THE eyes of the world were on Falmouth yesterday morning after a Russian ship ran aground in atrocious conditions. 

A huge rescue mission was launched after bulk carrier Kuzma Minin, carrying 18 crew, became stranded on Gyllyngvase Beach just before 6am after dragging its anchor in a southerly gale. 

After more than eight hours, tugs finally freed the 16,000 tonne ship and it headed back to sea just after 2pm, to the relief and joy of everyone involved.

Falmouth Harbour Master Mark Sansom said: "The Kuzma Minin has been taken to Falmouth Bay to anchor, in order for it to be inspected.

"We are now discussing the future of the vessel with the Secretary of State’s Representative (SOSRep) Maritime Salvage & Intervention and the vessel owners.   "HM Coastguard and Devon & Cornwall Police have advised the search and rescue phase of the situation is now over and it is no longer a major incident.  To confirm, there is no evidence of any pollution."

Falmouth RNLI volunteers had earlier battled heavy seas to assist the vessel after the alarm was raised just before 6am.  The lifeboat proceeded to the scene at Gyllyngvase Beach, arriving shortly after 6.20am in a three-metre swell and torrential rain.  The onboard crew was coxswain John Blakeston, Dave Nicoll, Luke Wills, Andy Jenkin, Tom Bird, Jonathan Hackwell and Carl Beardmore.

Police closed the road near the beach and hundreds of onlookers braved the wet and windy weather for a front row seat to watch the drama unfold.

Two tugs and a pilot boat also attended the scene throughout the morning and the coastguard helicopter lowered a winchman, followed by Falmouth pilot Captain Tristan Gurd, on to the stricken ship just after 9am.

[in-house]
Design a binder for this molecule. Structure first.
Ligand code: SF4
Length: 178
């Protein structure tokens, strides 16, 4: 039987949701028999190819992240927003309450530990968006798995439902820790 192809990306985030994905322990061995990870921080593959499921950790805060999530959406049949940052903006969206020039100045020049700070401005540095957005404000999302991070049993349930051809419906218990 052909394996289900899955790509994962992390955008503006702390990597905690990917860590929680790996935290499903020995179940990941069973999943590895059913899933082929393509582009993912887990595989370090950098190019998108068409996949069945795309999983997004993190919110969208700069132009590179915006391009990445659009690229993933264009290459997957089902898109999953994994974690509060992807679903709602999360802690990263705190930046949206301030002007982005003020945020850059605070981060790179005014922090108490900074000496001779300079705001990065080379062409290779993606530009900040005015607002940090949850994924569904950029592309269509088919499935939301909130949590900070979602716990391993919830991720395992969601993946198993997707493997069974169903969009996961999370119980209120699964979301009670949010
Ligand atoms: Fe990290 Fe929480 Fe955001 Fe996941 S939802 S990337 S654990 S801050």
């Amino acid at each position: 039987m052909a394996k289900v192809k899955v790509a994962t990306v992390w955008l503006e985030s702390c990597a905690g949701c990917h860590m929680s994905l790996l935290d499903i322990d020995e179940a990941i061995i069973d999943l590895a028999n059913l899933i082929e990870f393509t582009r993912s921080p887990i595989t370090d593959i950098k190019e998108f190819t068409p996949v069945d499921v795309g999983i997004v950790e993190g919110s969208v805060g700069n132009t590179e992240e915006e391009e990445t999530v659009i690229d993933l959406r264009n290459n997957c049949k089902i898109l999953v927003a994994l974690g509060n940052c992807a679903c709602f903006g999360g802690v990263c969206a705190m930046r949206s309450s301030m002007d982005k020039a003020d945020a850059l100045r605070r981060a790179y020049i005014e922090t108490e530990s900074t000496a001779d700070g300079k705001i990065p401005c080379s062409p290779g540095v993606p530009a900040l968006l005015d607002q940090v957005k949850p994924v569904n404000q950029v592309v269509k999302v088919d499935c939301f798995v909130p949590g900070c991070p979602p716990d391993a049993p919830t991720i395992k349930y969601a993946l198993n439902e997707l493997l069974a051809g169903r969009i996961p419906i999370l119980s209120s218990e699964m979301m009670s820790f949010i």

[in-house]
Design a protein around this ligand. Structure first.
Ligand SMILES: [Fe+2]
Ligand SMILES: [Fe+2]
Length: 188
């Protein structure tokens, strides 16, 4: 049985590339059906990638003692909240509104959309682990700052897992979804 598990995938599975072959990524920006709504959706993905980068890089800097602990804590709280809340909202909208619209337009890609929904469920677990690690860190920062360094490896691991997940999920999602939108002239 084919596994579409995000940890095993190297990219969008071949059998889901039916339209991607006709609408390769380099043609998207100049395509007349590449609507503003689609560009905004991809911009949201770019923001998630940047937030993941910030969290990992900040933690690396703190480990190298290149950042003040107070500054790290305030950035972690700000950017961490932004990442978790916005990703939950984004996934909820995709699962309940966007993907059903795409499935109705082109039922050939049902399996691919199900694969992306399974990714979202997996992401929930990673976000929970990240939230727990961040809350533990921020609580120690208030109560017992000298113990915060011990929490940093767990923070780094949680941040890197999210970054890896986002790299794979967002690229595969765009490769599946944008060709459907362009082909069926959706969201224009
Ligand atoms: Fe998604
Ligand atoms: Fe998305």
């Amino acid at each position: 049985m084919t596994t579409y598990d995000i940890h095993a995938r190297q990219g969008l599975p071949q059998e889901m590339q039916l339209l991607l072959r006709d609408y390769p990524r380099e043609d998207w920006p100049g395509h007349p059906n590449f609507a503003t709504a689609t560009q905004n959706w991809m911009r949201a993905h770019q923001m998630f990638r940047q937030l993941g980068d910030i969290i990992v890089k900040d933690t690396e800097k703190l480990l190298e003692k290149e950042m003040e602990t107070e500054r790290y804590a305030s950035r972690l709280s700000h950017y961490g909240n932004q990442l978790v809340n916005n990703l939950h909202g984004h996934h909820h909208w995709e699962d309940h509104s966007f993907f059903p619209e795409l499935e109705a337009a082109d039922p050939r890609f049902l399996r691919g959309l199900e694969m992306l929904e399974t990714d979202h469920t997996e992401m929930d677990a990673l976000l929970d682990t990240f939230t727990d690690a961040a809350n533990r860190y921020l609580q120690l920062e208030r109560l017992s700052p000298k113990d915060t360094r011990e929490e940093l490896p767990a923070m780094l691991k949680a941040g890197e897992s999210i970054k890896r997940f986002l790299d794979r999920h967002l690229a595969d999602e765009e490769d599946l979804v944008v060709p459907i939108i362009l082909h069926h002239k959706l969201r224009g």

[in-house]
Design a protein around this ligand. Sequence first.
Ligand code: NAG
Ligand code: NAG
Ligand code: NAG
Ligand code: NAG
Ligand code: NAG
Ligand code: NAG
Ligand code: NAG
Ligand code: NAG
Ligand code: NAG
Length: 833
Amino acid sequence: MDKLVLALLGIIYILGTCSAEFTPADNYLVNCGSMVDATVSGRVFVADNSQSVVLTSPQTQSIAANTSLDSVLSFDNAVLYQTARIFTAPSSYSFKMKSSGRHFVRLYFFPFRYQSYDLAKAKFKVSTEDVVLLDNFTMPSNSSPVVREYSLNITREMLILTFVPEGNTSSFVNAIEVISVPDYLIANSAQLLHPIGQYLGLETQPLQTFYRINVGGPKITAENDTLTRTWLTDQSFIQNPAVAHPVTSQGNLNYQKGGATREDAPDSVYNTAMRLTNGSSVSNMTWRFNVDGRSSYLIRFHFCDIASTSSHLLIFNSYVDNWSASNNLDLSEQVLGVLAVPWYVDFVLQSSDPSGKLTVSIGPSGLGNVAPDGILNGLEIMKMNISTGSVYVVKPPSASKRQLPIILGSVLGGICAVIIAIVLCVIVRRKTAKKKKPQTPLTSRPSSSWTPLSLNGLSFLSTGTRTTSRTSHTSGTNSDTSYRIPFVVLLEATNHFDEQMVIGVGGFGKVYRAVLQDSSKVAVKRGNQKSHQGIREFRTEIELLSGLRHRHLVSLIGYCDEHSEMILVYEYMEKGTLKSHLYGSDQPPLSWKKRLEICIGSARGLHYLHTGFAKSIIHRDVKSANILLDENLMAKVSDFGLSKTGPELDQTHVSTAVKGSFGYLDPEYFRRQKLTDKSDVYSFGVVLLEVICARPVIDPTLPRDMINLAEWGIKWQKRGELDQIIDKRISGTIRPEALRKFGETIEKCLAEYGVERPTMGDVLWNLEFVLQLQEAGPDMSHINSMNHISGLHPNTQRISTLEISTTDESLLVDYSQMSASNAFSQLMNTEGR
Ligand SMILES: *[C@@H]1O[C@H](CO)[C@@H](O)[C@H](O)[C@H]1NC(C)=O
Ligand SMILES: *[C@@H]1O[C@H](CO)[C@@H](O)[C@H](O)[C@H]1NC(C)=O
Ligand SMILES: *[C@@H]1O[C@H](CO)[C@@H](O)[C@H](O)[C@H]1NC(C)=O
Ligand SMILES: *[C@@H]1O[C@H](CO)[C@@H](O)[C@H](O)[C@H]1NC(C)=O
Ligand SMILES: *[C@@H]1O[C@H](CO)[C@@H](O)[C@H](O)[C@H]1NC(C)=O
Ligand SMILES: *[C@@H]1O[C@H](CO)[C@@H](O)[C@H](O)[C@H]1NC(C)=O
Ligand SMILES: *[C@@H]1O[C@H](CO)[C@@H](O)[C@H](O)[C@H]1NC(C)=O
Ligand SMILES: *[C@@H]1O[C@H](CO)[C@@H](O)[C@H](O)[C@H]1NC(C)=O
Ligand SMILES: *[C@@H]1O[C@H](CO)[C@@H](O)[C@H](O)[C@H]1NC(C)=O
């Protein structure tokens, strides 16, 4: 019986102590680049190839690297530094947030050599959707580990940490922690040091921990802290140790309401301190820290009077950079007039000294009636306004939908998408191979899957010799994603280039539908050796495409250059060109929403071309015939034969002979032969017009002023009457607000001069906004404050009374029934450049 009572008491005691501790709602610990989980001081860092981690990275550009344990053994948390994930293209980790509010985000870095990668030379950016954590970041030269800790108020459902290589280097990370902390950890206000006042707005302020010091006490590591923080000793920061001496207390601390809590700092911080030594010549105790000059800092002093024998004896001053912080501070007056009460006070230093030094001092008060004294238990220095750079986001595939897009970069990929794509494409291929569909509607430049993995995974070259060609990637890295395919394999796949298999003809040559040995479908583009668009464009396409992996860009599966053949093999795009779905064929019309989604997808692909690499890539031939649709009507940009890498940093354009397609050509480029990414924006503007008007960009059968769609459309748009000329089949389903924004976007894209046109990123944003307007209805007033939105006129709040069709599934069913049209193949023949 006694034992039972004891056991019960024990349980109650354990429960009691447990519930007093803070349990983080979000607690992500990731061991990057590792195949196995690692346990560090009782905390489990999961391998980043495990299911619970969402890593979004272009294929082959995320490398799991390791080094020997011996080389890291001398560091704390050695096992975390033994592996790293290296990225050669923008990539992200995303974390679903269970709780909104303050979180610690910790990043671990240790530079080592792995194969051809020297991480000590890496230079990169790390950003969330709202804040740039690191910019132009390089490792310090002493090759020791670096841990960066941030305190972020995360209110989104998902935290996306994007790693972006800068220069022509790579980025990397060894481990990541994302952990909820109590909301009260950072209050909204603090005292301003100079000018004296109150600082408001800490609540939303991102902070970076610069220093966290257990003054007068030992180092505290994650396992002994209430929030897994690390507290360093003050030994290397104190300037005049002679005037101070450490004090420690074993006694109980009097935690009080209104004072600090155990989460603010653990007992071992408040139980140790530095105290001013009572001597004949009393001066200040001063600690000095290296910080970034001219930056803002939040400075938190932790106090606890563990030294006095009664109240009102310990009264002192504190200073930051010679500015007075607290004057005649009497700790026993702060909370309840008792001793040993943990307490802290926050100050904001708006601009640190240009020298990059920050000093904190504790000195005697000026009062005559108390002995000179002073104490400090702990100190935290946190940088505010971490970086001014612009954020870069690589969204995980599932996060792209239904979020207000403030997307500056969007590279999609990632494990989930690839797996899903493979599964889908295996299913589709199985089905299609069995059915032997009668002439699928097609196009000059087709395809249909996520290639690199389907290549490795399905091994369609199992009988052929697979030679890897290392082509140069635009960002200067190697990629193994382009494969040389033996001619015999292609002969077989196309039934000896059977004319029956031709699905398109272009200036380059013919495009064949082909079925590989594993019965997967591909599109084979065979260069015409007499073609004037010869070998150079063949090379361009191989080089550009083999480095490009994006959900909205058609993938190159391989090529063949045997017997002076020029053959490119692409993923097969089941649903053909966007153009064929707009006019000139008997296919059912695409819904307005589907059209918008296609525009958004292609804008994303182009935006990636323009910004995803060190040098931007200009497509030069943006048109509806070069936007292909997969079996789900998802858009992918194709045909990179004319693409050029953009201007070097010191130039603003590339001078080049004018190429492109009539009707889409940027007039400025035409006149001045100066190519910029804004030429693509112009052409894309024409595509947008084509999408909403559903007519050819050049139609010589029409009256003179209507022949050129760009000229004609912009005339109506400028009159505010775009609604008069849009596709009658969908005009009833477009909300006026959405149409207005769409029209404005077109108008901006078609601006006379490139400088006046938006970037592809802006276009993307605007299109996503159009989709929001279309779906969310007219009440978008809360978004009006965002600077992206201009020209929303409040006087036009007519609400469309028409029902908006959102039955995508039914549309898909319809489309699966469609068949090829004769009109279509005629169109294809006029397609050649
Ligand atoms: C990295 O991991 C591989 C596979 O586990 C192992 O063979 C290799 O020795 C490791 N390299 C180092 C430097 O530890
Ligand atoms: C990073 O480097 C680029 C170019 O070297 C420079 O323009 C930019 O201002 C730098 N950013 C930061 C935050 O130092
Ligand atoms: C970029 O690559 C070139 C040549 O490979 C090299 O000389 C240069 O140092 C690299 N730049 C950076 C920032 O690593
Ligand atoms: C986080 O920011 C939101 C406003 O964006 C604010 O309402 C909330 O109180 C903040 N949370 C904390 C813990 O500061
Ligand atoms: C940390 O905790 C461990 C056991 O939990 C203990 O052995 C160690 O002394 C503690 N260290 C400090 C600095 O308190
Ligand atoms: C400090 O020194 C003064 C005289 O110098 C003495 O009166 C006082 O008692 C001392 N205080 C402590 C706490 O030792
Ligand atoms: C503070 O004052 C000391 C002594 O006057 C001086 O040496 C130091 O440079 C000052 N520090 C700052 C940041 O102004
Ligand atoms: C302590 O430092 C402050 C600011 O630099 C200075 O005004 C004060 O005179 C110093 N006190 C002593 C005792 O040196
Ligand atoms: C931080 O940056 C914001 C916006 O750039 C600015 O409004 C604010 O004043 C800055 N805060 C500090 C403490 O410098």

The operation to return the ship to sea began in earnest at high tide around 1.15pm.

Tugs attached lines to haul her back into deeper water and with black smoke billowing from the ship's funnel as the engines roared into life, she finally moved off shore just after 2pm.   The Kuzma Minin is a 23,169 tonne bulk carrier ship registered in Russia, which is 180.5m long and 22.9 broad. Her home port is Murmansk, in north west Russia.

Although she was in ballast when she ran aground, she usually carries cargo around northern Europe, including Port Talbot in south Wales.

The single deck ship was built in 1980 in Rostock, Germany.

She was detained in Holland for five months from July until this month, after an inspection unearthed more than 100 defects.

There was also an issue with the crew's wages.

The sailors’ plight became a big local story as the community rallies to help them, having been stuck there since May.

Femke Key, one of the organisers of a local crowdfunding initiative to raise funds for the crew, said she had been overwhelmed by the support.

Key, who said she had visited the ship twice to distribute basic provisions like toothpaste, razors and food to the sailors, said that  the crew had been hesitant to accept the aid at first, but eventually gave in.

“You can see they are proud people and felt ashamed by this situation,” she said.

“But they literally had no food or water left.”